Australian Wine Market Booms in 2016

People all over the world are increasingly getting a taste for Australian wine. How do we know this? New figures indicate that Australian wine exports, especially in the luxury category, boomed in 2016.

Top destination

Keep in mind that there are key differences between old and new world wine-making countries. The wine production industries in new world countries like Australia are less established, meaning that they’re more open to modernisation and to using technology to improve their techniques. Since the 18th Century, Australia has used innovation to gain a reputation as a top wine-making country.

Australia possesses the perfect climate for wine-making, meaning the product is produced in every Australian state. Various grapes are used to make Australian wines including Shiraz, Cabernet Sauvignon, Merlot, Chardonnay, Sauvignon Blanc and Riesling. Historically, Australia consumes more of its own wine than it exports, but this is changing, new data shows, thanks to the Chinese market.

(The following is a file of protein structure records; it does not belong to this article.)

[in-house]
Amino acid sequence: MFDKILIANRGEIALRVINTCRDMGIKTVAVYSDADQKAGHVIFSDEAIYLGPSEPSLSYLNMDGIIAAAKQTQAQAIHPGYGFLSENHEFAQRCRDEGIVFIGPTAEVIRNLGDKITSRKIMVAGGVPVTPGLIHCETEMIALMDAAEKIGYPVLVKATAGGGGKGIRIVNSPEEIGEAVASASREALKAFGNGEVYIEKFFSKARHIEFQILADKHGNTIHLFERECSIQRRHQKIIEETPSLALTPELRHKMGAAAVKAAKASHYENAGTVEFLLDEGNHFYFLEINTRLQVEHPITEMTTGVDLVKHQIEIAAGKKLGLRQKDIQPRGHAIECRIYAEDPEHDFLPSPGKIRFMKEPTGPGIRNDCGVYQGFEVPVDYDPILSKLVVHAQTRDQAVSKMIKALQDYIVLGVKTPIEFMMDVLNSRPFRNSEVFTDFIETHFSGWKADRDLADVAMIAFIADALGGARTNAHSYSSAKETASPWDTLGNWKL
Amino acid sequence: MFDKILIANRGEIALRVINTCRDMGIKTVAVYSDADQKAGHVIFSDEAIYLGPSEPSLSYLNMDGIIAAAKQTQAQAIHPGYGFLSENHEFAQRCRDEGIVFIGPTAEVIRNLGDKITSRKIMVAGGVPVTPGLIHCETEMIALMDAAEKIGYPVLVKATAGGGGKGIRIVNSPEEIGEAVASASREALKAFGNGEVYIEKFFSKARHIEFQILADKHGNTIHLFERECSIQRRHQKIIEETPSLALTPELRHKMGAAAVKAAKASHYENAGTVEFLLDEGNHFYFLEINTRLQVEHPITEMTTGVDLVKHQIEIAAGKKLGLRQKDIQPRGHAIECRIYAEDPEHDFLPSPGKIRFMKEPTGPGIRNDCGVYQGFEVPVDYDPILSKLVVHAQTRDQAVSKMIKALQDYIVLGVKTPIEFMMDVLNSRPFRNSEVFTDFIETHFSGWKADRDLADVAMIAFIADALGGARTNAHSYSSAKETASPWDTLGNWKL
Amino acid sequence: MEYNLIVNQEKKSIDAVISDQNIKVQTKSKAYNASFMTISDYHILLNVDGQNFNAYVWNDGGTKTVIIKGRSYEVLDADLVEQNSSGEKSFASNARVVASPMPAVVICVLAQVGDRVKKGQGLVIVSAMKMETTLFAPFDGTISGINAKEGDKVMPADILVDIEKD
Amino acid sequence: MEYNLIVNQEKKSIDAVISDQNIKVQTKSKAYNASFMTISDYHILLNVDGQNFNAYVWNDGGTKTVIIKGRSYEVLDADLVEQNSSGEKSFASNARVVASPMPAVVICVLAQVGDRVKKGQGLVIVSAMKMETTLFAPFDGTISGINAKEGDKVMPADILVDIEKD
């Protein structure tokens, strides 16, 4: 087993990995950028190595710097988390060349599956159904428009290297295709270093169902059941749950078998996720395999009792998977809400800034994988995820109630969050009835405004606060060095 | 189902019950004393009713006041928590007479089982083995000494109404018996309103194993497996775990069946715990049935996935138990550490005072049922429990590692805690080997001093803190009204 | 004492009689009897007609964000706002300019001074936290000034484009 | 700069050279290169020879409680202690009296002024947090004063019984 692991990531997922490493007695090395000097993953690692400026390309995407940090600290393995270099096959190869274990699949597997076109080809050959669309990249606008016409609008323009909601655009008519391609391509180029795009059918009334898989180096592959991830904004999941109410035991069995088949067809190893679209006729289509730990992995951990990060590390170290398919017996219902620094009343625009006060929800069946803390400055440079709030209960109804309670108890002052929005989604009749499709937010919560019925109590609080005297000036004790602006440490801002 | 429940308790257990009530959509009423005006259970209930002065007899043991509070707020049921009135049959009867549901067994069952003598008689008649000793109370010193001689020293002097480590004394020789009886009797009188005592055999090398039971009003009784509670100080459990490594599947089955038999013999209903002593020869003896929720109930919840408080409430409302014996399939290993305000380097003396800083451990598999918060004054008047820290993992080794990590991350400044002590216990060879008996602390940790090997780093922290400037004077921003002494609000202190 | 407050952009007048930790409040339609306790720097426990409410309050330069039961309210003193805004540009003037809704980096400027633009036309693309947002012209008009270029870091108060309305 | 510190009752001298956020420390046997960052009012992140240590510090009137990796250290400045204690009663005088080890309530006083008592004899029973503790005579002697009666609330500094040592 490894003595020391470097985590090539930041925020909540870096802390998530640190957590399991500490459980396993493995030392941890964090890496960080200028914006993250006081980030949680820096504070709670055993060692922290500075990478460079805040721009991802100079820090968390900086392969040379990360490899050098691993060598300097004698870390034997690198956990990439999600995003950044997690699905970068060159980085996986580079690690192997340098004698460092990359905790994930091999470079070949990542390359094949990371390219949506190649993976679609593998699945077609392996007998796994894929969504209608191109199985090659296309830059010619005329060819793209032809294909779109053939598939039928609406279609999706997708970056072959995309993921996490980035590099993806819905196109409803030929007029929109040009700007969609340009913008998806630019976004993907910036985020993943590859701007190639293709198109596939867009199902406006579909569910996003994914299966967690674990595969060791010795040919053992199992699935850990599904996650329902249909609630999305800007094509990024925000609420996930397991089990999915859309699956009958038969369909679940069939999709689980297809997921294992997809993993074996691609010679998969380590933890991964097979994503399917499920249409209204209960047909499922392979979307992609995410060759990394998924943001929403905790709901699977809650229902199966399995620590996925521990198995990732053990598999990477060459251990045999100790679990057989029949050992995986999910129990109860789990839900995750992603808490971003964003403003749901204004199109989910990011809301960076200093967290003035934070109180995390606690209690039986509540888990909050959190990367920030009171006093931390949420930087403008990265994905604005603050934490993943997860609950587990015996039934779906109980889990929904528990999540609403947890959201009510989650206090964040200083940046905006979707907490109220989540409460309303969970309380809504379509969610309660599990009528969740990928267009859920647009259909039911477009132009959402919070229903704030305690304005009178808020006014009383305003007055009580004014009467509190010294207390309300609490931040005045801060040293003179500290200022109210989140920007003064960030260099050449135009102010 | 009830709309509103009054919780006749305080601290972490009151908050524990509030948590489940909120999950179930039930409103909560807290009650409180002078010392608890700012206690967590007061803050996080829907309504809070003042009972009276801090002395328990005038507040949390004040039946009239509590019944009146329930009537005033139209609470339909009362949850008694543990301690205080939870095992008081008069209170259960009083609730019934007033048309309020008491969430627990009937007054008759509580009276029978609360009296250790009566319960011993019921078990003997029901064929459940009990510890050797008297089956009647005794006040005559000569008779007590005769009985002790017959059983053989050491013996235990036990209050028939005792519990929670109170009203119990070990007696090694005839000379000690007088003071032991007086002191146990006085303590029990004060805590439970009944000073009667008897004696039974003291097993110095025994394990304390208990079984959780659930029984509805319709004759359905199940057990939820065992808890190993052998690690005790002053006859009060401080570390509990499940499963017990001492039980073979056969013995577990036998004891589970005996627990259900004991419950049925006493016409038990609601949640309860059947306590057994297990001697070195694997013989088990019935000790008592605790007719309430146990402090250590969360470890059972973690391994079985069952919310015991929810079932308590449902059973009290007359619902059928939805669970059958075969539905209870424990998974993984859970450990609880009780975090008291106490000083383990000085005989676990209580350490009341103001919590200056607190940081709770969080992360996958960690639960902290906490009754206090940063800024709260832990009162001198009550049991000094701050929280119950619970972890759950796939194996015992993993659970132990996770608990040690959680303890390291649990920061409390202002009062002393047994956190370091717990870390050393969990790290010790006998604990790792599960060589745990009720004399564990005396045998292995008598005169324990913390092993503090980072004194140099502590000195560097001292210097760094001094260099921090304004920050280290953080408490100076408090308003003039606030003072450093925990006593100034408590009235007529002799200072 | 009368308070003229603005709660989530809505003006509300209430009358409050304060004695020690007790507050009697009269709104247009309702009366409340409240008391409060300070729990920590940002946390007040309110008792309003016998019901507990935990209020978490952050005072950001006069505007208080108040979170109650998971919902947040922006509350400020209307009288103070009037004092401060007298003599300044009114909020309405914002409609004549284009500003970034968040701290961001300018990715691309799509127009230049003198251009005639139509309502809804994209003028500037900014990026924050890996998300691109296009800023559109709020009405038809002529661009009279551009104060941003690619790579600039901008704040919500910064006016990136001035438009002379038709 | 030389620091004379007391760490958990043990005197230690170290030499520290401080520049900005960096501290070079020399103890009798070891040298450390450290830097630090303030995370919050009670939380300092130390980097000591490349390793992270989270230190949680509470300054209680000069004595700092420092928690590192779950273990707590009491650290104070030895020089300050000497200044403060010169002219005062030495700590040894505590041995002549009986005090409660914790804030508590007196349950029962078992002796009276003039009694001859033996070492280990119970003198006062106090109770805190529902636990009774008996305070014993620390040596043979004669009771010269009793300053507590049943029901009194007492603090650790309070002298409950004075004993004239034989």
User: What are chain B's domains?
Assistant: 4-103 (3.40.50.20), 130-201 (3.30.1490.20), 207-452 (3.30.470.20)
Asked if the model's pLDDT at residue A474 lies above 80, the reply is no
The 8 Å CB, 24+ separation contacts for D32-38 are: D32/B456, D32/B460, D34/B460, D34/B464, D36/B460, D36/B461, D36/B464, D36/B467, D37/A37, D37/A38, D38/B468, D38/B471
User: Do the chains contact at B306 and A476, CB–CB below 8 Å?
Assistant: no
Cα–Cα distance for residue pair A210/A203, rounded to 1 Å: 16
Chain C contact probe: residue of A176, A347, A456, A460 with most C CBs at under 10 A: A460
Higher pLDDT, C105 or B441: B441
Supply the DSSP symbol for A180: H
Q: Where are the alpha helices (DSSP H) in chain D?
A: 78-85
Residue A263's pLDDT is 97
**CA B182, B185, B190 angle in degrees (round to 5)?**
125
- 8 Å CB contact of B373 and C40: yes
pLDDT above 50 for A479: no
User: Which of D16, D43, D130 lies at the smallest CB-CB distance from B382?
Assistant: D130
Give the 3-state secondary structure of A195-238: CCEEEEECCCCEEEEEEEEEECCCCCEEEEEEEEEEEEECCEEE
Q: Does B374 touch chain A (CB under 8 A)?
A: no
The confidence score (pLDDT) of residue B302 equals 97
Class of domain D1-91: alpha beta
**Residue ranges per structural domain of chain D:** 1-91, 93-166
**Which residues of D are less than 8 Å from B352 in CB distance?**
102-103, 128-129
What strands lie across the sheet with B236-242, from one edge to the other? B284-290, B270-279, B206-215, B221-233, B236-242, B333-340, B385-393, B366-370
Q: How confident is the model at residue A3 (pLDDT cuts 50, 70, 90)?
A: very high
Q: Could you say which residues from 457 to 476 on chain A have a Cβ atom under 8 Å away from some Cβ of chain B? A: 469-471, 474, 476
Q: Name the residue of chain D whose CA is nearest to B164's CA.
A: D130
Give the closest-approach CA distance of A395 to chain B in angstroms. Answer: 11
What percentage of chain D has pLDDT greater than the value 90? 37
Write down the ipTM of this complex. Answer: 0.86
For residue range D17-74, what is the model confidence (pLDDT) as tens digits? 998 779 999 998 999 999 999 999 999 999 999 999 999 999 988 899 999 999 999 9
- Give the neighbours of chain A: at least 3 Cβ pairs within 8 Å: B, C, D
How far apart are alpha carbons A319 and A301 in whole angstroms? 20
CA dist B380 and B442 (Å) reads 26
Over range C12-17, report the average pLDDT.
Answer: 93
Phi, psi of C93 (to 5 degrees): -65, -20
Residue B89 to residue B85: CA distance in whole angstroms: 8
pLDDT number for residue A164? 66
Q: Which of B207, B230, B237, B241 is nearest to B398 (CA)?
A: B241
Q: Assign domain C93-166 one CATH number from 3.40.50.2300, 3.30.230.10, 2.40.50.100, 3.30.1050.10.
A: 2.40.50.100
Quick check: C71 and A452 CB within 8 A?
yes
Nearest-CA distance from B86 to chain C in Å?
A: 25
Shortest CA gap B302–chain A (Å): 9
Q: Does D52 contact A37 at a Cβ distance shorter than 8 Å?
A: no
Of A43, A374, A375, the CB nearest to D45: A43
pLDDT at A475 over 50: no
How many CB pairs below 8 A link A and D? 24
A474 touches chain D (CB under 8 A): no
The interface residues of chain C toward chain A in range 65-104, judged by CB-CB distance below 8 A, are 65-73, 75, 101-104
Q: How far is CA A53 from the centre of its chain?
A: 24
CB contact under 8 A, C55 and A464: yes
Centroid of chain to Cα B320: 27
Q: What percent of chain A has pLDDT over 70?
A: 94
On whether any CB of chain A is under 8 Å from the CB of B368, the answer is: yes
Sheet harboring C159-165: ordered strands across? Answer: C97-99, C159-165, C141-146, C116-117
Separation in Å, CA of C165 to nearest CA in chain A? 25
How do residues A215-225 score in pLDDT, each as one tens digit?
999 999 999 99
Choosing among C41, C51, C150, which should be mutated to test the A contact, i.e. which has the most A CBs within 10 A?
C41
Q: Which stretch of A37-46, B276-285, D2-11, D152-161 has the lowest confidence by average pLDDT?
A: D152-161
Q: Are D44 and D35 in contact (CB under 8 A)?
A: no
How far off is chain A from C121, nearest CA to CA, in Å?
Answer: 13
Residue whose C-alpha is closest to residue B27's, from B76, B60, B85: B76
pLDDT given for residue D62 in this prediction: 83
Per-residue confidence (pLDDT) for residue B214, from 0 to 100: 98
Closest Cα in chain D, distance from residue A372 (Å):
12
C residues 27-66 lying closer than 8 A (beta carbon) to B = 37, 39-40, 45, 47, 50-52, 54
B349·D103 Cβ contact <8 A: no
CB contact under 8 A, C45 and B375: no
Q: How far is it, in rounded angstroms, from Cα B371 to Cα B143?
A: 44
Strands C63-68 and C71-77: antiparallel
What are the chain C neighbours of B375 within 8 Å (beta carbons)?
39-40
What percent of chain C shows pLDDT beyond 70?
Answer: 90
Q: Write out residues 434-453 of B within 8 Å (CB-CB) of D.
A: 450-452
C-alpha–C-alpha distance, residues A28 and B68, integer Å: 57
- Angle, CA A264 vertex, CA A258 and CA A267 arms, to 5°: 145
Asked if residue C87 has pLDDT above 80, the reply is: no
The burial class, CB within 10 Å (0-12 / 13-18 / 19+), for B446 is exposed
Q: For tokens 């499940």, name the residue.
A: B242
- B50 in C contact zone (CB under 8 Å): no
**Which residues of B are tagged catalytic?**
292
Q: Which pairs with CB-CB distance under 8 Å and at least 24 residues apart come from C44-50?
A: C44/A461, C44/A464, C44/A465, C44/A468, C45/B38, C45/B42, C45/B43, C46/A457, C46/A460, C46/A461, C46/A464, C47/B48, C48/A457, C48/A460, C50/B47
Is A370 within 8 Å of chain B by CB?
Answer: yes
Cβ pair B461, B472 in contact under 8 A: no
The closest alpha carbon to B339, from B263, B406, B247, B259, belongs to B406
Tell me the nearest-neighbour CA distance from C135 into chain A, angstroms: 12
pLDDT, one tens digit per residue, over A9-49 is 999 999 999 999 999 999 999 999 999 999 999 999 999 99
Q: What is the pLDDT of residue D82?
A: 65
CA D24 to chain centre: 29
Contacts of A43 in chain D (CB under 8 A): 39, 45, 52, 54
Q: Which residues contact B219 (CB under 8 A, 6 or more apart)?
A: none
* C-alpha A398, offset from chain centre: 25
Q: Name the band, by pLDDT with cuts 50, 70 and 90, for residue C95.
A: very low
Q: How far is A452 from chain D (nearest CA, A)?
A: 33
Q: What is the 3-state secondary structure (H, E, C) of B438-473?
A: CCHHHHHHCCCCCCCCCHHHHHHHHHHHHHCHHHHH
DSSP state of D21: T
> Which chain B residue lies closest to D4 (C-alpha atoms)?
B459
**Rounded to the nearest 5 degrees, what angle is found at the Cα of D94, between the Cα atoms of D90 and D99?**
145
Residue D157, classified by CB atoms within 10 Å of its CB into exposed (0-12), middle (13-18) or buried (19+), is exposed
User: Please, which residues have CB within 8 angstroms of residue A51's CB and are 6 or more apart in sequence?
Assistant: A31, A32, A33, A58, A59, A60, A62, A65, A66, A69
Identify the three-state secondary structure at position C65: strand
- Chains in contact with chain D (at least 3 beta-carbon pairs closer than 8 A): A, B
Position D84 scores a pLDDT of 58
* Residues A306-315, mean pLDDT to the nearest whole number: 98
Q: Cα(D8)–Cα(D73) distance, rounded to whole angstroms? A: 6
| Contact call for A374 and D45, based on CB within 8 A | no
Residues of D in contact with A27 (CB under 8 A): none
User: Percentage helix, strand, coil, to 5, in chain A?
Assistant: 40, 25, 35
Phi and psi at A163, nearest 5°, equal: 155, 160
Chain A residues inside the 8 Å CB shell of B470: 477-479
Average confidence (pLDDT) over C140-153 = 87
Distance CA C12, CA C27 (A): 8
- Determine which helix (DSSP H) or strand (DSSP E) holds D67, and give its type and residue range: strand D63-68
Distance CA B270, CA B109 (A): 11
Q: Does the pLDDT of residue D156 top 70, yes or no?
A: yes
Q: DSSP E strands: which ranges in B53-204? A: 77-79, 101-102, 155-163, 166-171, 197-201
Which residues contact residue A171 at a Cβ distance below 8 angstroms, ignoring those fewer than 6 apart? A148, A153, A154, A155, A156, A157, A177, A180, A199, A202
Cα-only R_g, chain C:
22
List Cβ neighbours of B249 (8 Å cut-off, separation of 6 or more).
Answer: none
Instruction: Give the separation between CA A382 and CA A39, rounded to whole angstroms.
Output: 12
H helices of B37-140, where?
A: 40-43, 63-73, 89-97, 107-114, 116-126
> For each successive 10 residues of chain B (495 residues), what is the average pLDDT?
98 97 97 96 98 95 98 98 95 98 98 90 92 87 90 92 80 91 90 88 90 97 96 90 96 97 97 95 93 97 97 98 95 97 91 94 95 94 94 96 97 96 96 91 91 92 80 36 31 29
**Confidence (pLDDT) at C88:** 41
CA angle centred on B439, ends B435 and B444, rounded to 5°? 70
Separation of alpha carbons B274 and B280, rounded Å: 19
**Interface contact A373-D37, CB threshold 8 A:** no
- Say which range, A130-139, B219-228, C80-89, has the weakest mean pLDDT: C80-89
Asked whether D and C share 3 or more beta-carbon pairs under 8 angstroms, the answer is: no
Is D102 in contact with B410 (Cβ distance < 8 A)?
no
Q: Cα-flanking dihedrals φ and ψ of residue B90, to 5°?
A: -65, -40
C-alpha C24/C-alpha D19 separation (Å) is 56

Chinese interest

According to Reuters, a news agency, new statistics from industry group Wine Australia, the country’s wine exports to China climbed by 40% in 2016. The People’s Republic is now the primary export destination for Australian wines. Increasing Chinese interest boosted Australia’s global wine exports last year, at a rate of 7%, so shipments were valued at US$1.67bn across the last year.

Explaining this trend Greg Corra, the Managing Director of wine exporter Inland Trading, which is based in Canberra, said: “Rather than drinking the super-expensive French wines, they were turning to Australian wines which were more affordable.” We should note, however, that France still dominates China’s wine sector, with a market share that’s around double the size of Australia’s.

Good progress